A Healthier Workforce Creates a Healthier Company
In a survey of more than 12,000 employees conducted by the Harvard Business Review in 2011, the foremost reason these staffers were unhappy at work was because they felt undervalued by management.
Given that a company’s biggest asset is its workforce, it will serve managers well to take good care of those who work for them. Occupational health practices can go a long way towards making employees feel valued – especially when they receive good health benefits. And one of the most efficient ways to do this is by contracting the services of an occupational health nurse (OHN).
“An occupational health nurse is almost a jack of all trades when it comes to company health,” says Angie Butkovic, national educational representative at the South African Society of Occupational Health Nursing Practitioners. “They fulfil a number of roles: they’re clinicians, health educators, they develop health and safety policies, conduct health research and trend analysis for organisations, they coordinate with other healthcare providers to simplify additional health checks, they conduct health risk assessments, and provide rehabilitation-, work fitness-, and travel health services. To name a few! The programmes an OHN develops depend on the unique needs of each organisation.”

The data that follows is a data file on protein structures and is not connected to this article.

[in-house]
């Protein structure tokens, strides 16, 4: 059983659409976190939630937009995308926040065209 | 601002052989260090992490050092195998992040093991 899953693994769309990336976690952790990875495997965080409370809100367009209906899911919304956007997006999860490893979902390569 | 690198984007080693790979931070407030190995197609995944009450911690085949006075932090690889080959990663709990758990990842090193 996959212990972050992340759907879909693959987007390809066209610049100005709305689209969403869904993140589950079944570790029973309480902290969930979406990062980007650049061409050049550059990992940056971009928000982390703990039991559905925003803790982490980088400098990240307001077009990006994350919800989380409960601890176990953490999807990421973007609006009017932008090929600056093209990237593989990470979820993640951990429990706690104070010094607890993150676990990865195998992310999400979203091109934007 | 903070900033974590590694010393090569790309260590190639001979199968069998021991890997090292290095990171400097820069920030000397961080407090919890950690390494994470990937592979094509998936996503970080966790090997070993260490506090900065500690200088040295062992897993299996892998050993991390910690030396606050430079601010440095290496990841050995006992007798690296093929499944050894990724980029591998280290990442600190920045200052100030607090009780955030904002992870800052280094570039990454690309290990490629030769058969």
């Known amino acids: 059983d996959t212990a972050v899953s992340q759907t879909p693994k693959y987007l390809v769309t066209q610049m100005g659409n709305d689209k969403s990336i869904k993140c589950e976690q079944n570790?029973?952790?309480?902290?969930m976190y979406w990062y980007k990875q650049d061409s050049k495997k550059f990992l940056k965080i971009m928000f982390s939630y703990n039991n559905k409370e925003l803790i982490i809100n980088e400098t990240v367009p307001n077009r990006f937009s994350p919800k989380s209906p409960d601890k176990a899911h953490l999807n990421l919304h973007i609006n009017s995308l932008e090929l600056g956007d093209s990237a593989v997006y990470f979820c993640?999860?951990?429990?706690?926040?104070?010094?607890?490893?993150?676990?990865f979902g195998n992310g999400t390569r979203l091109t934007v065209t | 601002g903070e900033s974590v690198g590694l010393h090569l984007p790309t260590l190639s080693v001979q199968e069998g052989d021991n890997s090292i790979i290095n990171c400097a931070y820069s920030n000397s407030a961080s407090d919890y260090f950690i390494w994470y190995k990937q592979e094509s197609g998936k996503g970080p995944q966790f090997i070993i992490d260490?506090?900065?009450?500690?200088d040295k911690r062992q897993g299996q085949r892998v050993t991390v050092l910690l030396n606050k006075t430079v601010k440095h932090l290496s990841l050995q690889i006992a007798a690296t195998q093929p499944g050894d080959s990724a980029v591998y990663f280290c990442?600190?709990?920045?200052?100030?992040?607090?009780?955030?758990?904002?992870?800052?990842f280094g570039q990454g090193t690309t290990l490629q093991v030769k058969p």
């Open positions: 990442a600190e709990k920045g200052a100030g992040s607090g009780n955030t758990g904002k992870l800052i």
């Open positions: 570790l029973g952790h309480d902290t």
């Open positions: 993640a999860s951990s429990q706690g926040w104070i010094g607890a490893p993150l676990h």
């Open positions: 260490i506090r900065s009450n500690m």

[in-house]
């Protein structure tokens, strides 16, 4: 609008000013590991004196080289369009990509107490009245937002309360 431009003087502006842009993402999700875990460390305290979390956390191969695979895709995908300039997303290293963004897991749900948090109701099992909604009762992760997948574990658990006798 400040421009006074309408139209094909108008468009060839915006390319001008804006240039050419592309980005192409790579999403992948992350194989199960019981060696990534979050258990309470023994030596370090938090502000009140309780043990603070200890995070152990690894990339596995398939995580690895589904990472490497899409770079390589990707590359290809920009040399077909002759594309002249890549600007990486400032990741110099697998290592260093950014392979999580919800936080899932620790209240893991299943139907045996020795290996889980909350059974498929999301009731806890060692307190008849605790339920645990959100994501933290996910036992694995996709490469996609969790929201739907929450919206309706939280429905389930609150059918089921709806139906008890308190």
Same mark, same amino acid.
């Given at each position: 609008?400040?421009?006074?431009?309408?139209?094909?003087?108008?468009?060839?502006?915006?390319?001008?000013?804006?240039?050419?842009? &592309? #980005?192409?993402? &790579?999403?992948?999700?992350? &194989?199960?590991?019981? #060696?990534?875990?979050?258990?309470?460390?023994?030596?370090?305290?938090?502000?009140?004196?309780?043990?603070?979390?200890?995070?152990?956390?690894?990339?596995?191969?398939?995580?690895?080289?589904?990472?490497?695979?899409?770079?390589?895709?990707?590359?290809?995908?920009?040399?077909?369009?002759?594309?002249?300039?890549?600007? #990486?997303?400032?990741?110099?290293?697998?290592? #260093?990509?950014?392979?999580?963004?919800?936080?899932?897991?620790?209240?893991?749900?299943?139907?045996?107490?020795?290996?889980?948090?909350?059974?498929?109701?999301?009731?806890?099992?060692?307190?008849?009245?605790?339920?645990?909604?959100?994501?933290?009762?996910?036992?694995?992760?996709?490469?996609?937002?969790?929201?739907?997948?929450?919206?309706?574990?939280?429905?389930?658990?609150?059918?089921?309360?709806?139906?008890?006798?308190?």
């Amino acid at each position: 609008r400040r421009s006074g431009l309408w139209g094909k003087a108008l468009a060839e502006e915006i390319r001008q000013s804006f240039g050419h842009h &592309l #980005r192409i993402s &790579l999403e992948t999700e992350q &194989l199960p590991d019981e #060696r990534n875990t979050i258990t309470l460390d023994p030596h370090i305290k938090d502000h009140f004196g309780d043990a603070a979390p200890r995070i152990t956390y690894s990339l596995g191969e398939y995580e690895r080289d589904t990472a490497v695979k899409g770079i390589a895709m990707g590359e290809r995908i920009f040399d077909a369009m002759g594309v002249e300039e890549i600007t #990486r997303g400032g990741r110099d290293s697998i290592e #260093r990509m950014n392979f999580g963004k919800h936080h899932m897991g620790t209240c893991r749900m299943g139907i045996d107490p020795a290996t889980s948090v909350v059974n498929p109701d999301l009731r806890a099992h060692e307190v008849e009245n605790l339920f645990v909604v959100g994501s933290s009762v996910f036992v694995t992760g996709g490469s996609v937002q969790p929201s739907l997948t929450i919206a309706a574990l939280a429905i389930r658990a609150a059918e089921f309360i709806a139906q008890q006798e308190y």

Their services are also not limited to large corporates. “OHNs usually have three business models: onsite services, usually at large corporates; walk-in clinics, usually in business parks where they service several SMEs; and mobile services for once-off visits or remote locations,” says Butkovic.
Very often, the money saved by hiring an occupational health nurse will mitigate the costs of their employment. “By providing pre-employment health checks and on-going employee assessments, OHNs also lessen litigation vulnerabilities and help prevent the loss of skills due to ill health. By keeping employees healthy and providing these services, managers can improve productivity, increase dedication and motivation, and reduce time out of the office,” says Butkovic.
By the numbers
A study conducted in 2003 by the University of Minnesota in the USA showed that the top three reasons employees visited occupational health nurses that year were blood pressure checks, dermatitis and ergonomic strains related to the workplace, such as back pain. These conditions warrant health checks that would take two hours outside the office, on average, and occupational health nurses provided care in much less than an hour, say the study authors – meaning that an on-site nurse can more than halve time spent away from the office for these prominent conditions.
D. du Toit